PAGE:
â€œWhat is it?â€
â€œQuiet. You needed to practice eventually.â€
â€œI know,â€ Sekli sighed. â€œI was just hoping Iâ€™d only have to do it for temple.â€
â€œBecause itâ€™s boooring!â€ she said in a sing-song way.
â€œHah, thatâ€™s only because youâ€™ve never done it right. Meditation isnâ€™t about sitting still and keeping quiet while the monks preach. That IS boring. No, itâ€™s about focusing your mind in a specific way.â€
â€œWhat way is that?â€
â€œAny way you want to. With a focused mind, thereâ€™s no limit to what you can accomplish. After years of practice, the secrets of the universe will reveal themselves to you. But before you get that good, the inherent patterns of Spirit-Frog may show you the meaning behind some of the arrangements.â€
Sekli scrunched her tiny face in thought, â€œBut does it work?â€
â€œWell enough. Iâ€™ve solved dozens of Spirit-Frog boards with the help of meditation. The other aspect is to have the correct theory. Sometimes you need to study the Immaculate Texts, history, and spirit lore, and other subjects to learn new theories.â€
Sekli now understood how to master Spirit-Frog. But the one thing she did not yet understand was why she needed to.
â€œWhen I exercise, I get stronger. When I dress up and practice manners, I get better at presenting myself to adults. What do I get out of Spirit-Frog?â€
Decher let out a triumphant sound, â€œThatâ€™s the best question Iâ€™ve ever heard from you! And hereâ€™s the secret about Spirit-Frog: if you understand the pieces and you understand the boards, you learn about the world, and you learn how to manipulate the world.â€
â€œI think I understand, but can you give me an example?â€
â€œCertainly. If you Exalted, trained for years, and joined the Wyld Hunt, what would happen if one of your fellows on the Wyld Hunt became an Anathema? Or if they were corrupted by one?â€
â€œI see. You would have to get far enough away from them mentally so that you could turn around and see them for what they are,â€ she said, referring to the first Spirit-Frog board Decher had shown her. â€œAnd then youâ€™d still have to defeat them.â€
â€œI have some work to do.â€
â€œGet to it, then, Sekli. Hereâ€™s four more boards,â€ Decher said as he pulled out a piece of parchment with starting and ending board configurations. â€œYou have two weeks to figure them out before I test you. This is in addition to your other studies.â€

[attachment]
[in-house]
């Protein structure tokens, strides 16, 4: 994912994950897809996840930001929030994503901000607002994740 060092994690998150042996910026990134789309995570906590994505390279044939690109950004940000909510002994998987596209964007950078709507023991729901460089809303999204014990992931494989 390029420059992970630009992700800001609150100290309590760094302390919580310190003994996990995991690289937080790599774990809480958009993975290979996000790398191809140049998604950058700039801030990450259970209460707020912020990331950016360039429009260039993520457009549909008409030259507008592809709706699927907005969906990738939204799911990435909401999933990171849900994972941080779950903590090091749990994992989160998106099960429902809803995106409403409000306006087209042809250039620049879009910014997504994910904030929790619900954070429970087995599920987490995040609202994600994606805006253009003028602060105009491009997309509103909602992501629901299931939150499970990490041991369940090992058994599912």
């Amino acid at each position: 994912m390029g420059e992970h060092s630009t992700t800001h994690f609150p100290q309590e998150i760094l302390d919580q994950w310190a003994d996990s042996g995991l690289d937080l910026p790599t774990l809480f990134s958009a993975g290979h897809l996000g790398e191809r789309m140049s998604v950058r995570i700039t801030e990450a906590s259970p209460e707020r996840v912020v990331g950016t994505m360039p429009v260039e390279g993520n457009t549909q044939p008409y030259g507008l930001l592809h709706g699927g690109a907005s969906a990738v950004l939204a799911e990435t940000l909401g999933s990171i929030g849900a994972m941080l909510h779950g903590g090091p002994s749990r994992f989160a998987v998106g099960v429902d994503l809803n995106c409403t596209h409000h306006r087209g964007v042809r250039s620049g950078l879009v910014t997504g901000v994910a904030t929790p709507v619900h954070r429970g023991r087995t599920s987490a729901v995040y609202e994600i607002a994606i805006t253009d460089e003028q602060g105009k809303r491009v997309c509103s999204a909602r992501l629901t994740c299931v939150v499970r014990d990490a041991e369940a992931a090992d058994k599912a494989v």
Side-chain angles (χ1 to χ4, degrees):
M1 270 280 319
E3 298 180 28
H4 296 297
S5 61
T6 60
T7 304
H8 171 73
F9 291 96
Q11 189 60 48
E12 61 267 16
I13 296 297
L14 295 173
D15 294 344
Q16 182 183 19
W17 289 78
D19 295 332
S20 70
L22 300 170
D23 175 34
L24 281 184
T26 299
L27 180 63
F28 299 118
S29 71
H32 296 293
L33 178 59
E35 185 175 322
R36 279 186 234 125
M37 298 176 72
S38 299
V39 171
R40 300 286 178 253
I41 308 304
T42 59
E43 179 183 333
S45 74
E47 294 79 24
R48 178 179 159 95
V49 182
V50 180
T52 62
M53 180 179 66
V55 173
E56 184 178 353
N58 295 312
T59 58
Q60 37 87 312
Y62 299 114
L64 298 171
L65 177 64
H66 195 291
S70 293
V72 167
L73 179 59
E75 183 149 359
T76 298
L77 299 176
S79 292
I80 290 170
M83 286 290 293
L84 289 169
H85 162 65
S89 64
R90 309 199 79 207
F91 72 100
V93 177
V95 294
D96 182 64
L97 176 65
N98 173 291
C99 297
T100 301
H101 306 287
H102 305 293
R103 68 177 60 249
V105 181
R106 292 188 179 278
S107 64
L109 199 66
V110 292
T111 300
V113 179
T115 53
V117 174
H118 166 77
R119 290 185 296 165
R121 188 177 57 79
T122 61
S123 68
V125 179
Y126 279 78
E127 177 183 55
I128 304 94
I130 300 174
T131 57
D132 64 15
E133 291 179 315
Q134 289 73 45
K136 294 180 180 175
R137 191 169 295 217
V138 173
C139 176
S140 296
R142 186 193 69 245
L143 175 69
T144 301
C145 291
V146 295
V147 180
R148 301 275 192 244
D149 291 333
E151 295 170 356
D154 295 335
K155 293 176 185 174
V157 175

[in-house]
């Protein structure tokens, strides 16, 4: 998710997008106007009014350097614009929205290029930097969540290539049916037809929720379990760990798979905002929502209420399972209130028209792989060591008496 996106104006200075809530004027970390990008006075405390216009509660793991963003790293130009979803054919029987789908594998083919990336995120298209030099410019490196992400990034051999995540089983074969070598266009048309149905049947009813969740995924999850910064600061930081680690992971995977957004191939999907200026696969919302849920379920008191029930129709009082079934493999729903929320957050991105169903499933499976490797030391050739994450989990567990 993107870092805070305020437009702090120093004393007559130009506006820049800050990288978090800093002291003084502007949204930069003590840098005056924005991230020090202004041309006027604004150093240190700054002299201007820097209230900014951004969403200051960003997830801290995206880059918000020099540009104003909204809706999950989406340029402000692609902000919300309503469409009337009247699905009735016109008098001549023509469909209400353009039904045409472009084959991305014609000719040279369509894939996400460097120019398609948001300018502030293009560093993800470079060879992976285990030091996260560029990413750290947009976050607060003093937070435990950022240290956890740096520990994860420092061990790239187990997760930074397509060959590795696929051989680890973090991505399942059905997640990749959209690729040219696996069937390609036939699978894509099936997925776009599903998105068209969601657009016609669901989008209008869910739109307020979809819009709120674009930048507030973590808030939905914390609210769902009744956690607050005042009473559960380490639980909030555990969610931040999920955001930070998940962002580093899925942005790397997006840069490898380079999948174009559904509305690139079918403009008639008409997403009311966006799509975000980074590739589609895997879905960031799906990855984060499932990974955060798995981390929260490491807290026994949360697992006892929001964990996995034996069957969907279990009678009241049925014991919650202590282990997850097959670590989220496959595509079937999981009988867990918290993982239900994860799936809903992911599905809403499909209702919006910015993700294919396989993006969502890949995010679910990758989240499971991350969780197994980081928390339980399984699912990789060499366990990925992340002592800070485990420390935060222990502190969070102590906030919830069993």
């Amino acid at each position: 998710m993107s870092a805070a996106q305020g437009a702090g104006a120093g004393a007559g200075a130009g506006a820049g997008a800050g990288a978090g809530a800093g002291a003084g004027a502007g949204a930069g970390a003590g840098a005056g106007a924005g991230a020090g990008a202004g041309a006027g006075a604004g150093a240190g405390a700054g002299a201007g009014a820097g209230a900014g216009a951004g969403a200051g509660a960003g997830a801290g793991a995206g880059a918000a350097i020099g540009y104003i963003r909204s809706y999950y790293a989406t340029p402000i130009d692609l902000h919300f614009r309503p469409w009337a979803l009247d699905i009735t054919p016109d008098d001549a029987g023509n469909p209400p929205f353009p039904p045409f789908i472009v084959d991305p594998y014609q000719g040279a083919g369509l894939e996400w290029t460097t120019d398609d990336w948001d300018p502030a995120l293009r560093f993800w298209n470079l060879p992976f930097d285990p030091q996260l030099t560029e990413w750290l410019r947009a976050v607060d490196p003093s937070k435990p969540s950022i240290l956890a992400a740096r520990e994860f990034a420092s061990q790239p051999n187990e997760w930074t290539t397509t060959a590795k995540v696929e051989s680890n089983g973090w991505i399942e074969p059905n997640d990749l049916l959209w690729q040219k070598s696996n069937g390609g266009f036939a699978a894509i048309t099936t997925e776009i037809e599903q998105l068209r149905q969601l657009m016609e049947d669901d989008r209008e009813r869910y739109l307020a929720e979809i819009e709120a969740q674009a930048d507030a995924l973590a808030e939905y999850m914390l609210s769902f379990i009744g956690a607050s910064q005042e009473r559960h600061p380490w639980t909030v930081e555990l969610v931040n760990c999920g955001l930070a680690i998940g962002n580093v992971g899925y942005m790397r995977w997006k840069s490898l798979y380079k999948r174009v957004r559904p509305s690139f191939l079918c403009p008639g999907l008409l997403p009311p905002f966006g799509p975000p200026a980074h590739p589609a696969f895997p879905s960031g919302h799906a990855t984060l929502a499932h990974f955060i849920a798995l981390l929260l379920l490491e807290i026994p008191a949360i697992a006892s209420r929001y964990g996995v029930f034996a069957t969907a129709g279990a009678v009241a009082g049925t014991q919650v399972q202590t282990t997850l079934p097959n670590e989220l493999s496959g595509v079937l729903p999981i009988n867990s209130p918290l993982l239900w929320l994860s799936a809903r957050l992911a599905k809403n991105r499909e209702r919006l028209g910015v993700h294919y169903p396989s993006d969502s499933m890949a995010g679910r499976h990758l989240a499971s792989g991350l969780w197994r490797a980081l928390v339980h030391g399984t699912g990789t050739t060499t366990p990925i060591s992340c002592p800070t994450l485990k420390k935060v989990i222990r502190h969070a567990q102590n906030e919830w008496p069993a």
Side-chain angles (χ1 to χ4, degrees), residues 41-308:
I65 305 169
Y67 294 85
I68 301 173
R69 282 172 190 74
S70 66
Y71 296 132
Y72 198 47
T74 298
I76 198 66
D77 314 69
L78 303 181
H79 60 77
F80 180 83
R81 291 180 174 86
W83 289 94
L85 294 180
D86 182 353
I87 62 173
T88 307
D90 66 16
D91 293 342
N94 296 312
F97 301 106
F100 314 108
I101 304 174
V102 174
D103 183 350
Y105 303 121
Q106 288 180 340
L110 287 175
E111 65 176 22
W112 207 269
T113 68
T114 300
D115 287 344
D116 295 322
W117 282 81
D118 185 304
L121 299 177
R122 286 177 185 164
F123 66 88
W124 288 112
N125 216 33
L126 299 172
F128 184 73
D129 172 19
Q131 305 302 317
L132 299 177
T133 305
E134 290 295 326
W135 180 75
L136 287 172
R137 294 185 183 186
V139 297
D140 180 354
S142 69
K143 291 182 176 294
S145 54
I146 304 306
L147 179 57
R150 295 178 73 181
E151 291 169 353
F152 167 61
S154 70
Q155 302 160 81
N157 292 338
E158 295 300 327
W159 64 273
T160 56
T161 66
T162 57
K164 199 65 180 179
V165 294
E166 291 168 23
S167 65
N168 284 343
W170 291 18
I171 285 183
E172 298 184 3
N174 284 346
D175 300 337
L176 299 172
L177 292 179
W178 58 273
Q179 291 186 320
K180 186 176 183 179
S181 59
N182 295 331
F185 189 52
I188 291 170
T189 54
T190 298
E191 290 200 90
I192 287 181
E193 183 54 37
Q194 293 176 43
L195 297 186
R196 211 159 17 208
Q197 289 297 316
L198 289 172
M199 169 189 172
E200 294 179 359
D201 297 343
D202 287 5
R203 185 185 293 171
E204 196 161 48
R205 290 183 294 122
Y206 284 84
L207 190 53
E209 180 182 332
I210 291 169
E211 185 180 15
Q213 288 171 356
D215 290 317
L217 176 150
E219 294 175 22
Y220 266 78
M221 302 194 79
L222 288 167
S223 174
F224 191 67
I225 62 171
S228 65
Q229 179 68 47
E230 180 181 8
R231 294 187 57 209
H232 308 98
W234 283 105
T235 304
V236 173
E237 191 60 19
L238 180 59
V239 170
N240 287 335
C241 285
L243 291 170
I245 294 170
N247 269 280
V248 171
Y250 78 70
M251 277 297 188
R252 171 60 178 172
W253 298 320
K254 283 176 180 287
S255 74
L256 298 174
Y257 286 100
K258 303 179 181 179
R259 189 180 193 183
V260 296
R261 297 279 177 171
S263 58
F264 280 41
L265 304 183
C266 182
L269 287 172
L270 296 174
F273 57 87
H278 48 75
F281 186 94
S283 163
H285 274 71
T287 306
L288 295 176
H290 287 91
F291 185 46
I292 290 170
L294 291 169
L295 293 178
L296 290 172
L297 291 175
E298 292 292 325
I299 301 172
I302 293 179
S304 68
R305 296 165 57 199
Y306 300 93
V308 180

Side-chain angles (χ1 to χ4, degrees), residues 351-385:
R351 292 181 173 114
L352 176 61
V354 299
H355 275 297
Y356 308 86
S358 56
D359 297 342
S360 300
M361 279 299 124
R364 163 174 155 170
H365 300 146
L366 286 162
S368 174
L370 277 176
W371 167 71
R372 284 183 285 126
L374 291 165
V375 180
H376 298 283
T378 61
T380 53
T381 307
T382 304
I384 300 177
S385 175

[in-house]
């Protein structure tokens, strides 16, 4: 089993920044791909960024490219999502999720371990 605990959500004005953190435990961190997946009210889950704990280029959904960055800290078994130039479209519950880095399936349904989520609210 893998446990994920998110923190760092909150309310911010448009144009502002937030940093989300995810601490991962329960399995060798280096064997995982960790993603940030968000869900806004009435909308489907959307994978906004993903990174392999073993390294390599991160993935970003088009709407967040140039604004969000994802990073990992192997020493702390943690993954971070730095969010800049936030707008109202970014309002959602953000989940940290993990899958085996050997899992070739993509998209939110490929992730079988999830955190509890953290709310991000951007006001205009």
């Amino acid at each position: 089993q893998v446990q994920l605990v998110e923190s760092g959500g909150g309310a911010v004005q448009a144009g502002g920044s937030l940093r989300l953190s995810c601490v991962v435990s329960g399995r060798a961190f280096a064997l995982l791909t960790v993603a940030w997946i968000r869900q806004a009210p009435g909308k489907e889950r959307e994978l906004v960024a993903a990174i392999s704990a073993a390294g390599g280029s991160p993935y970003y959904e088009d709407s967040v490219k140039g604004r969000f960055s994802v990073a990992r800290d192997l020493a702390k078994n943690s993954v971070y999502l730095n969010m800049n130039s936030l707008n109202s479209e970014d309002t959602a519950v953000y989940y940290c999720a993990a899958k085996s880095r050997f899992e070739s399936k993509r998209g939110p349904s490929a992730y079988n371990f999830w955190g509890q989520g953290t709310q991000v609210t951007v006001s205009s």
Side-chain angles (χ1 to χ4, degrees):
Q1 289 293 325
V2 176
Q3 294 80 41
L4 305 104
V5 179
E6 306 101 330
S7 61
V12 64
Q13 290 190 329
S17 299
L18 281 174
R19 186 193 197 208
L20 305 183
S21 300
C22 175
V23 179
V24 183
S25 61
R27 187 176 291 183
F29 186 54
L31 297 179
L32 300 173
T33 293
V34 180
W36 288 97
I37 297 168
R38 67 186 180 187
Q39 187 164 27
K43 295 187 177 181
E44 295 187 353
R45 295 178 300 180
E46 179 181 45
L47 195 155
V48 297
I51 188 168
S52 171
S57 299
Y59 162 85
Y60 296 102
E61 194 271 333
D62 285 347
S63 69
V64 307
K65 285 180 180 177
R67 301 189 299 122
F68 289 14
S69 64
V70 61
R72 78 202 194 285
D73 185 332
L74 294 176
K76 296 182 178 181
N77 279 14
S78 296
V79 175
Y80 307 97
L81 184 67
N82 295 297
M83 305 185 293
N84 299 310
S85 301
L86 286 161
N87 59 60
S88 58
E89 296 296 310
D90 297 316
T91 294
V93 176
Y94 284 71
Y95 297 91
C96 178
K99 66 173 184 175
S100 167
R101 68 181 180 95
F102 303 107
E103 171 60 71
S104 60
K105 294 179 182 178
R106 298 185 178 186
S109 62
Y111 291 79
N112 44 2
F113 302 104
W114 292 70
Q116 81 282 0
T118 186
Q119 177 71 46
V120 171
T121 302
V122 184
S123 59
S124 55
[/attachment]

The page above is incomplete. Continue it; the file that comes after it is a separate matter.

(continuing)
â€œYes, brother. I wonâ€™t fail you.â€
â€œGood. One more thing. If you can do this, something youâ€™ve been wanting will happen.â€
Sekli was curious to know what reward she would get, but concentrated on passing the test. Her brother had yet to be very easy with his tests, or forgiving of failure.
Over the next several days, she spent many hours studying the board Decher had started her on. She tried all the theories she had first come up with: dancers celebrating around a hero, children playing around their parent, a victim staying away from the leader of the bullies, and variations on those themes. None of these ideas worked. The large piece was always able to stay far enough away from the one piece it avoided, so that the others never had a chance to position themselves surrounding it.
Although inexperienced, she tried meditating on the game board. She asked for extra help with meditation from a cousin staying at her household who had recently graduated from the Cloister of Wisdom. He disapproved of the casual direction she was applying it towards, but he relented when Sekli reminded him that Spirit-Frog boards often taught principles of understanding the Immaculate Texts. He showed her how to silence her mind with concentration, and then focus it on the object of her meditation. After she had learned how to meditate on the wind and the leaves and a candle and a stone and a pool of water, she turned her attention back to Spirit-Frog.